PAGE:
In his first interview since the Nov. 6 election that re-elected Barack Obama to the presidency, Jindal told Jonathan Martin of Politico, Republicans need to appeal to a wider audience.
Sounding more like his predecessors Huey P. Long and Edwin Edwards, than Karl Rove and the RNC, Jindal wants Republicans to embrace a more populist message that rejects anti-intellectualism.
"We've got to make sure that we are not the party of big business, big banks, big Wall Street bailouts, big corporate loopholes, big anything," Jindal told Martin in a 45-minute telephone interview.
"We cannot be, we must not be, the party that simply protects the rich so they get to keep their toys."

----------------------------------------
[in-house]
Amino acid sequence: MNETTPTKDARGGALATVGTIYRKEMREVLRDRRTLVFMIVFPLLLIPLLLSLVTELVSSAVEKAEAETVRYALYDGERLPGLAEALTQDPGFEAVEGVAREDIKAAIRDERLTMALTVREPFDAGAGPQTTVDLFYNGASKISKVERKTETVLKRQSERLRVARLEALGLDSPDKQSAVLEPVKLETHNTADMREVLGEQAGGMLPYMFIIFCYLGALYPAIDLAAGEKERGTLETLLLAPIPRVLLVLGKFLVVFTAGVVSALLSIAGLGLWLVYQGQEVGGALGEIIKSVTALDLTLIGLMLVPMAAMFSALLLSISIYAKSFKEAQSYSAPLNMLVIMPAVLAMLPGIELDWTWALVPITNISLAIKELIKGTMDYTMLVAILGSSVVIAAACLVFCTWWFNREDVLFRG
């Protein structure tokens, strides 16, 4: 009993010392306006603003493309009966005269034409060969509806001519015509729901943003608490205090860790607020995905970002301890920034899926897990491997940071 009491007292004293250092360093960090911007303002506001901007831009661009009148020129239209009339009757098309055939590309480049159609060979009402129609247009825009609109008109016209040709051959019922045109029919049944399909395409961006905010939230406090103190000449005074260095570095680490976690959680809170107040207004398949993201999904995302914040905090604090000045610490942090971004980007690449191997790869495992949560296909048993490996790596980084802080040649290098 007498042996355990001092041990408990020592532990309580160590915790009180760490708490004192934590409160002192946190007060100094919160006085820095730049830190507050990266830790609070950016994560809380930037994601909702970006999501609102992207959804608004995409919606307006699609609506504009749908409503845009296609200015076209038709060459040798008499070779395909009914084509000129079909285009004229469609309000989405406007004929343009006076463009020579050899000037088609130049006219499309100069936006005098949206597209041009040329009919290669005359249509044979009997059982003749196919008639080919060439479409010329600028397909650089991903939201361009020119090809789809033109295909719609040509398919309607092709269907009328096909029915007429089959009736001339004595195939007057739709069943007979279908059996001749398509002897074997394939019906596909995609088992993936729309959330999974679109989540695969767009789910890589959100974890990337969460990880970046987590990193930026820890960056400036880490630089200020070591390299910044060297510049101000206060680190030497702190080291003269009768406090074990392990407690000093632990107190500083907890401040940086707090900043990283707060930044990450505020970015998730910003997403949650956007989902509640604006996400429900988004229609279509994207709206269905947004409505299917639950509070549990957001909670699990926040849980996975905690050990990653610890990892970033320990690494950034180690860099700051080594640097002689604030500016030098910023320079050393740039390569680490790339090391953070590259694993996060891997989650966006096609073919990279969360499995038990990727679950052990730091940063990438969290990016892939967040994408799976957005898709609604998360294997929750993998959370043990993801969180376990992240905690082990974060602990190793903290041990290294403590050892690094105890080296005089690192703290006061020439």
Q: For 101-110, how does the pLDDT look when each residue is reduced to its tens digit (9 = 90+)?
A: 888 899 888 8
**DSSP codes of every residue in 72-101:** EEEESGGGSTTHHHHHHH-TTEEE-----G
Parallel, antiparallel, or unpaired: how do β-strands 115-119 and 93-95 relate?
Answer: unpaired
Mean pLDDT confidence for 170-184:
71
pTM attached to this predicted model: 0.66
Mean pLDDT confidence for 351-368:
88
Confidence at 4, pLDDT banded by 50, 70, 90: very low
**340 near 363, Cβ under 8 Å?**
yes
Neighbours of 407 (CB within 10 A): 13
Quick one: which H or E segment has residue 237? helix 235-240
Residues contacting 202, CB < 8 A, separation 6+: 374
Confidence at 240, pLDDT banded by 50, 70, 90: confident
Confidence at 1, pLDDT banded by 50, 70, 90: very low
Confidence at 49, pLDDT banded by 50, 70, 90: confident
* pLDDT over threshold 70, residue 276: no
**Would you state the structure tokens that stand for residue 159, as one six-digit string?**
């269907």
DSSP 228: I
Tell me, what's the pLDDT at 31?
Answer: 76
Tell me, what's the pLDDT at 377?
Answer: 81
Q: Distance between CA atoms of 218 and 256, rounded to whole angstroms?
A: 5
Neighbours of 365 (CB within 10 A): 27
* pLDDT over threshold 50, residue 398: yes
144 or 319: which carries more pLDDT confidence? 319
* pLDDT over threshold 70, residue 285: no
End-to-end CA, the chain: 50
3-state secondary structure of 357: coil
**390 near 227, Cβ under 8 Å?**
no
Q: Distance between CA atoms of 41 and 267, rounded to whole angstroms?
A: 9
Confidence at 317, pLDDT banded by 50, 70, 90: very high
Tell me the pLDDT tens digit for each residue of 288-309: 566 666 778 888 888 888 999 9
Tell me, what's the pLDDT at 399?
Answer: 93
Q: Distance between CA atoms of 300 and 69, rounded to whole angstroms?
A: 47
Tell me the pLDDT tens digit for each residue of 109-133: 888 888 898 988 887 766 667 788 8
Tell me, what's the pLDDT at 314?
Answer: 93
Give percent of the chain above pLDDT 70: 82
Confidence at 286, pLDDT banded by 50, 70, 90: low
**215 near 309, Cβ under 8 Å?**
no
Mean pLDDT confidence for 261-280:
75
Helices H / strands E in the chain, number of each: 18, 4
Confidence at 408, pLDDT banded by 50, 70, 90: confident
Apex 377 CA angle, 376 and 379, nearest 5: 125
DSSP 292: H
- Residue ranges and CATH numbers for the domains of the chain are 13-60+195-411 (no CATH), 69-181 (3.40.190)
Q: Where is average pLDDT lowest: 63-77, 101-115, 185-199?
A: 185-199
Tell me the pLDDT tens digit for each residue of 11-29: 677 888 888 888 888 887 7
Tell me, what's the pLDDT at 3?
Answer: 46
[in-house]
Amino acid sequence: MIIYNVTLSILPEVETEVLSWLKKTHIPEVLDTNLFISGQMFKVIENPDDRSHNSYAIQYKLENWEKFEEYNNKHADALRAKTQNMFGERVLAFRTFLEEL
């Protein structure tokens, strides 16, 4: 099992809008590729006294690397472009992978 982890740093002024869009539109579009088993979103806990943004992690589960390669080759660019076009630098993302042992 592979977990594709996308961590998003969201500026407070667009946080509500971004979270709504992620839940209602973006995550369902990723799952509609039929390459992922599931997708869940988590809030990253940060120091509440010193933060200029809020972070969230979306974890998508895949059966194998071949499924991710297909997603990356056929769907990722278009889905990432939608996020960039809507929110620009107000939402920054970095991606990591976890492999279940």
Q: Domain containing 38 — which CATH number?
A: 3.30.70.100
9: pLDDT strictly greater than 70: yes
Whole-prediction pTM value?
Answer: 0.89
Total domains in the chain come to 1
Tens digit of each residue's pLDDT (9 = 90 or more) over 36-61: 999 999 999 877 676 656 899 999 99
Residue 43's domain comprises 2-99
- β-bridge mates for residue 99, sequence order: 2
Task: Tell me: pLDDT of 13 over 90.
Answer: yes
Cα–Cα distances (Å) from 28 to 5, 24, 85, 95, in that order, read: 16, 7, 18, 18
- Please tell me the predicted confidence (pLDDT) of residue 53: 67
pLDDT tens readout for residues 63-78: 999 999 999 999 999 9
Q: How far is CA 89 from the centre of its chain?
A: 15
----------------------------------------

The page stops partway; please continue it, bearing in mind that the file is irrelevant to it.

Jindal criticized his fellow Republicans for speaking down to people.
"It is no secret we had a number of Republicans damage our brand this year with offensive, bizarre comments -- enough of that," Jindal said.
He added, the GOP needs to "stop being simplistic," and "trust the intelligence of the American people"
Jindal's remarks came just prior to his formal installation as head of the Republican Governors Association this week at the group's annual post-election conference.
To read the interview in its entirety, click here.